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## Clausius-Clapeyron relationThe where d ## Additional recommended knowledge
## DisambiguationThe generalized equation given in the opening of this article is sometimes called the Clapeyron equation, while a less general form is sometimes called the Clausius-Clapeyron equation. The less general form neglects the magnitude of the specific volume of the liquid (or solid) state relative to that of the gas state and also approximates the specific volume of the gas state via the ideal gas law. ## Derivation
Using the state postulate, take the specific entropy, During a phase change, the temperature is constant, so - .
Using the appropriate Maxwell relation gives - .
Since temperature and pressure are constant - ,
- .
- Δ is used as an operator to represent the change in the variable that follows it—final (2) minus initial (1)
For a closed system undergoing an internally reversible process, the first law is - .
Using the definition of specific enthalpy, - .
After substitution of this result into the derivative of the pressure, one finds - ,
where the shift to capital letters indicates a shift to extensive variables. This last equation is called the Clausius-Clapeyron equation, though some thermodynamics texts just call it the Clapeyron equation, possibly to distinguish it from the approximation below. When the transition is to a gas phase, the final specific volume can be many times the size of the initial specific volume. A natural approximation would be to replace Δ - .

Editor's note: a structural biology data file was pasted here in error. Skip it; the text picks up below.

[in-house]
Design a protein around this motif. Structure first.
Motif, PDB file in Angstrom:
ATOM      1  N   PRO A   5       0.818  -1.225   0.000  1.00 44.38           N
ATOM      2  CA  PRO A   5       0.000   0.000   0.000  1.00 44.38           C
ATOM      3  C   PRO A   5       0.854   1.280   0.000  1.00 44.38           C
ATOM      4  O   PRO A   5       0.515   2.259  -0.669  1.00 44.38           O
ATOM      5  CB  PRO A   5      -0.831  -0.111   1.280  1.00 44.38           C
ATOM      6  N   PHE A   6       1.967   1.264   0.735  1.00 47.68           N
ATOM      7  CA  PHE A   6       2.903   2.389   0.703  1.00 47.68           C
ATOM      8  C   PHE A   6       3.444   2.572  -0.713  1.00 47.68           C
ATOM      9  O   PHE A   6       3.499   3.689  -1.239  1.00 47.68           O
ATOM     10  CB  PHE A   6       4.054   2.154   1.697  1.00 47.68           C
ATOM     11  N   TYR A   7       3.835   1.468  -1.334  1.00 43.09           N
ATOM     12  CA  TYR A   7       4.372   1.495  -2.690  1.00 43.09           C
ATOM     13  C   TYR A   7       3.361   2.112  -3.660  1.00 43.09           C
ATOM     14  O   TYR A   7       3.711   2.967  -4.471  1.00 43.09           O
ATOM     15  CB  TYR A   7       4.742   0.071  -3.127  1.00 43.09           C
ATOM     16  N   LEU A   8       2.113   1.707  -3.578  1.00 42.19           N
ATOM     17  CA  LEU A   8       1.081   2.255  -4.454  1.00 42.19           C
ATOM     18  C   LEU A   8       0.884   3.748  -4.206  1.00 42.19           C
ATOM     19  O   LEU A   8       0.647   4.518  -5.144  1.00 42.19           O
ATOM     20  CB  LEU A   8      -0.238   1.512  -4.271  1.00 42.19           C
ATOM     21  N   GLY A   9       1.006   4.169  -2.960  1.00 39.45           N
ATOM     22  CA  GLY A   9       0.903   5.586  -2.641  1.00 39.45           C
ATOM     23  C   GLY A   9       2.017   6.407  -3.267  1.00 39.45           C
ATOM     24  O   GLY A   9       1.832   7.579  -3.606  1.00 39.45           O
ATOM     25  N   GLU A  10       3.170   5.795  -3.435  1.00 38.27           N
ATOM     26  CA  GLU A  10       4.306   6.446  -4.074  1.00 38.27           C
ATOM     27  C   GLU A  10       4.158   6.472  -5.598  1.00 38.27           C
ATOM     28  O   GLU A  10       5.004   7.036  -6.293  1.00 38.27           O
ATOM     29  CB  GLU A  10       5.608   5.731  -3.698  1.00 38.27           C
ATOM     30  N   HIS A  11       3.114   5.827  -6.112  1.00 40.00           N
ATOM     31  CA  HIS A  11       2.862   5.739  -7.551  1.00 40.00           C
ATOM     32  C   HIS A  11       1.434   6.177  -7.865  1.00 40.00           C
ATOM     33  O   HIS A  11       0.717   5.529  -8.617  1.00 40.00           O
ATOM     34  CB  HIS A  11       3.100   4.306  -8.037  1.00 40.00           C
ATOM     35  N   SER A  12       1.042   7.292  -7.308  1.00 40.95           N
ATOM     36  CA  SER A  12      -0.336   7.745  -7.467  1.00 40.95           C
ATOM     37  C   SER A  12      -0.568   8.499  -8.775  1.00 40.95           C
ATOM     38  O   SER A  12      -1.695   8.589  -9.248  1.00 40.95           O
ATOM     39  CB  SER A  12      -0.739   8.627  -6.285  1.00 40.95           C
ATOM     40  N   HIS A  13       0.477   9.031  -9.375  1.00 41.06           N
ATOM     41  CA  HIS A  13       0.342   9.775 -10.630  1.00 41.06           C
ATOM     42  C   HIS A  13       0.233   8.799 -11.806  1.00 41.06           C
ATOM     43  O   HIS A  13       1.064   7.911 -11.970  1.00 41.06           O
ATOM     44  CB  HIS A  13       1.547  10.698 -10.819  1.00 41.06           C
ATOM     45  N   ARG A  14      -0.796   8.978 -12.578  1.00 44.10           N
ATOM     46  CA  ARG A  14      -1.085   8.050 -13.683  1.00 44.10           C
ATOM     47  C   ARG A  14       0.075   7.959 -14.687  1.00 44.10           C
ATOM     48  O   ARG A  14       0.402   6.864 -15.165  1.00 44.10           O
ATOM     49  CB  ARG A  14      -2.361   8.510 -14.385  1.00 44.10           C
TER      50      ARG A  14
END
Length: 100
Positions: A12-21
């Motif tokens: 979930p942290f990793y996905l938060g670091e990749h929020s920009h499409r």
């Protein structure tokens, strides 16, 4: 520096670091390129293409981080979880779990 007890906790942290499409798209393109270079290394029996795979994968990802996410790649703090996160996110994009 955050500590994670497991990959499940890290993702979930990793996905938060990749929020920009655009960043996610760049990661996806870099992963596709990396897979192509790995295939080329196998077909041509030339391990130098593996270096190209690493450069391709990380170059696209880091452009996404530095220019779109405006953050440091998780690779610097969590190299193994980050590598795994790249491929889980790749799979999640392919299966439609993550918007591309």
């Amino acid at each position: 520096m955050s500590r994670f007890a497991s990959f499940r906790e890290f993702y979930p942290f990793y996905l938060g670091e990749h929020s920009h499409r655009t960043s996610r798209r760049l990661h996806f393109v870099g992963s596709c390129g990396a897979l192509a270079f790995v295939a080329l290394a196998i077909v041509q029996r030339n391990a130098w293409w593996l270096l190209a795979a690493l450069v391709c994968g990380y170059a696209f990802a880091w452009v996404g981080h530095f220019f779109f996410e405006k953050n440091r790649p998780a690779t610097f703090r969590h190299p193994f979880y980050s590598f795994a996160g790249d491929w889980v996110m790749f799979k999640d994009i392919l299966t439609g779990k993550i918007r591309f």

This leads to a version of the Clausius-Clapeyron equation that is simpler to integrate: - ,
- , or
^{[3]} - .
*C*is a constant of integration
These last equations are useful because they relate saturation pressure and saturation temperature to the enthalpy of phase change, ## Other derivationSuppose two phases, I and II, are in contact and at equilibrium with each other. Then the chemical potentials are related by μ Hence, rearranging, we have From the relation between heat and change of entropy in a reversible process δ Combining the last two equations we obtain the standard relation. ## Applications## Chemistry and chemical engineeringThe Clausius-Clapeyron equation for the liquid-vapor boundary may be used in either of two equivalent forms. where *T*_{1}and*P*_{1}are a corresponding temperature (in kelvin or other absolute temperature units) and vapor pressure*T*_{2}and*P*_{2}are the corresponding temperature and pressure at another point- Δ